Football Bowl Association offers ‘congrats’ on playoff move

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Aside from the fans, arguably the biggest winners in today’s playoff development are the bowl games.

At one point during the run-up to today’s official announcement of a seeded four-team playoff, much thought was given to hosting semifinals at on-campus or neutral sites, which, while not putting the bowl system on the path toward extinction, would surely have taken away a significant chunk of its relevance.

With the confirmation that six bowls — the Rose, Orange and SEC/Big 12 “Champions” along with three others to be determined — will be in a rotation to host the two annual semifinal games, the current bowl system can breathe a sigh of relief.  And, in a statement, that’s exactly the sentiment expressed by Football Bowl Association executive director Wright Waters.

“The Football Bowl Association wishes to congratulate the BCS Commissioners and Oversight Committee on their careful deliberations concerning the future of the college football postseason.

The 35 bowls located in 28 communities and staffed by thousands of community volunteers look forward to working with the commissioners to insure the continued growth of the sport we all admire. The bowls provide a unique postseason experience for student-athletes, fans, coaches and the American public. Today is the beginning of an exciting time in the future of college football and we are committed to continuing the rich tradition of the bowls.”

The biggest threat to those 35 bowls in 28 communities was never going to come from a playoff system anyway, regardless of the hollow threats of reverting to the old system made by those powerbrokers previously part of the anti-playoff crowd.  Instead, the threat that should worry the bowl association the most is raising the bar for qualifying for any type of postseason play from six wins to seven.

Raising that bar would mean fewer teams actually reaching bowl eligibility, meaning that some of those nearly three dozen bowls, on the verge of being unable to fill the current 70-team quota with a six-win threshold as it is, could/would find themselves facing extinction simply based on the lack of eligible teams to fill all of the available for the spots.  Last season, for example, just 57 teams won at least seven games, which would’ve left six or seven of those 35 bowls on the outside of the postseason looking in.

Incidentally, and relating to the six-bowl rotation for the semifinals, it appears likely that, barring something completely unexpected, two of the other three slots will be filled by the Sugar and Cotton Bowls.  That third slot would then involve the Fiesta Bowl among others.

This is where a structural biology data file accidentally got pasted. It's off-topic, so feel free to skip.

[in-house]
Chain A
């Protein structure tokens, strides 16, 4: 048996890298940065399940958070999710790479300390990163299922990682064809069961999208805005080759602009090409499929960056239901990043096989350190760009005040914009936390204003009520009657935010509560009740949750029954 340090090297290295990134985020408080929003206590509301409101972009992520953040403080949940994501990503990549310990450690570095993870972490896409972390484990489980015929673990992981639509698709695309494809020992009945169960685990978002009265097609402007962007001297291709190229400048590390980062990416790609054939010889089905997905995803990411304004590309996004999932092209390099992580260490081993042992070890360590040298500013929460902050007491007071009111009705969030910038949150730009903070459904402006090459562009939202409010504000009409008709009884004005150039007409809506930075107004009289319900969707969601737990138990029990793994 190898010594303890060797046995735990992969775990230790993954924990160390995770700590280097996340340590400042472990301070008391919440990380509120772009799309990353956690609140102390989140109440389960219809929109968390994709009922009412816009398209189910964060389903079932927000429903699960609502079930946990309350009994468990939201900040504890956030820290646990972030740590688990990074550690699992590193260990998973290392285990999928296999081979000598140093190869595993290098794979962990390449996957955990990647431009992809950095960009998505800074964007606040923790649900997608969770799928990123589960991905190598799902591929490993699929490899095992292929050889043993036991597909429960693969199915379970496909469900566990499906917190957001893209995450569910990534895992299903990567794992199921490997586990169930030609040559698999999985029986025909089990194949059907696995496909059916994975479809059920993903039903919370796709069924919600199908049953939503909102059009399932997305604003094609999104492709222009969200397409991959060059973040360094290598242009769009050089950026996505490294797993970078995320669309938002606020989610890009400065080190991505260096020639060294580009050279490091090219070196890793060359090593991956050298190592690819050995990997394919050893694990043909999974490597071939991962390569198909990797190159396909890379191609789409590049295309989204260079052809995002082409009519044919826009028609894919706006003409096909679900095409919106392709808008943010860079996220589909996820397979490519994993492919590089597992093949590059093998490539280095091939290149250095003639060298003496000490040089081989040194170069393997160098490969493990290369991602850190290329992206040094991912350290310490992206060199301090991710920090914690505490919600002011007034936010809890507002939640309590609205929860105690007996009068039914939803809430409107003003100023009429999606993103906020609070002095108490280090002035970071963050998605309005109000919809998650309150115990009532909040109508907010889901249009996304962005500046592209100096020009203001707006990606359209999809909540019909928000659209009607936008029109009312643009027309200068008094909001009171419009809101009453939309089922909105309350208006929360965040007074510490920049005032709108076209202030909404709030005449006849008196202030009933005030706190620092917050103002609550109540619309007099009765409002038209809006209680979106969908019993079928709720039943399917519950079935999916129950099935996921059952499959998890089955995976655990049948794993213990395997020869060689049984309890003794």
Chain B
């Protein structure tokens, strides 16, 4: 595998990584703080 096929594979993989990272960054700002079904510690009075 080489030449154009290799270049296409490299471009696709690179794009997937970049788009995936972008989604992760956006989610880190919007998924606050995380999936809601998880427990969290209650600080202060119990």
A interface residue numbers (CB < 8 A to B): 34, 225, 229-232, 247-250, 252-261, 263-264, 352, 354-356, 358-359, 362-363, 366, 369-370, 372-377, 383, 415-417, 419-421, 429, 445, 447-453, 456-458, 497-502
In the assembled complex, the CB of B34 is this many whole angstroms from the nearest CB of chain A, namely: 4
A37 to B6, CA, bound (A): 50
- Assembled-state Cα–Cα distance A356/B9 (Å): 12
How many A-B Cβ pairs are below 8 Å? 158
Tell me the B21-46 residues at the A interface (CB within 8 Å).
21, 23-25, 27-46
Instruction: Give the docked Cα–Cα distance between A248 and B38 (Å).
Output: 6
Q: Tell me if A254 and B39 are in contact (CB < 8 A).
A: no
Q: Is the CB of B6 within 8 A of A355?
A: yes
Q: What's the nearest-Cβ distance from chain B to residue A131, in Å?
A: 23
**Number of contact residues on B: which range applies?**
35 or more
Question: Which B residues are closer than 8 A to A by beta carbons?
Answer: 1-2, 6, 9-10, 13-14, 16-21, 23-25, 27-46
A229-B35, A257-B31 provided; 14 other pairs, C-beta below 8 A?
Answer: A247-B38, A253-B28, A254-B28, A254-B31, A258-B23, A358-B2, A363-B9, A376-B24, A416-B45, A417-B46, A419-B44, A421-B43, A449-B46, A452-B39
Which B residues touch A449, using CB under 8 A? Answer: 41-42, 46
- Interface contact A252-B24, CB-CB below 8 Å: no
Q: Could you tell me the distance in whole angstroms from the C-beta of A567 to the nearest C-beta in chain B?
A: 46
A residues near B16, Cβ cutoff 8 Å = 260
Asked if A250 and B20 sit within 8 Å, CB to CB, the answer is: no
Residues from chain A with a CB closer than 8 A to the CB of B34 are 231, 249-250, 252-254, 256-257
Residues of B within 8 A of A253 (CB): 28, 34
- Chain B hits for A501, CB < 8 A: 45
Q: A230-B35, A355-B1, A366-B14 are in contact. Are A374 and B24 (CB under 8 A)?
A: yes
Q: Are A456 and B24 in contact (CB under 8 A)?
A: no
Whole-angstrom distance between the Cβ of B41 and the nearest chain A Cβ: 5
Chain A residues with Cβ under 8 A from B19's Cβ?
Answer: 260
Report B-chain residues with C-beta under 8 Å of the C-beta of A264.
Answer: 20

Official announcements on which bowls will be part of the six-venue playoff process are expected to begin trickling out in short order, especially as it pertains to the Rose, Orange and Champions bowls.

BYU wearing special patch in honor of LaVell Edwards

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BYU got the summer media day fun started on Friday with their football media day. BYU tends to pull out all the stops on its media day with coach and player interviews, alumni returning, and a handful of announcements about the future of the program. In addition to news about their relationship with ESPN, BYU also announced the football team will be sporting a patch this season in honor of the late LaVell Edwards.

In addition to players wearing the patch on their jerseys, BYU coaches will also wear the patch on their sleeves.

Edwards passed away in December at the age of 86. The BYU coaching legend spent 29 seasons on the sidelines in Provo and accumulated 257 wins along the way. Among those was a national championship season in 1984, which remains the most recent national championship to be claimed by a program not currently in a power conference. Edwards took 22 BYU teams to a bowl game.

Now if we can just keep getting BYU to stick to that lighter shade of blue as their main home uniform, we’ll be in great shape.

Former Vanderbilt football player Brandon Banks found guilty of rape

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Former Vanderbilt football player Brandon Banks was convicted by a jury on Friday for rape of a female Vanderbilt student. Following 15 hours of jury deliberations, the verdict of guilty on one count of aggravated rape and one count of aggravated sexual battery was in.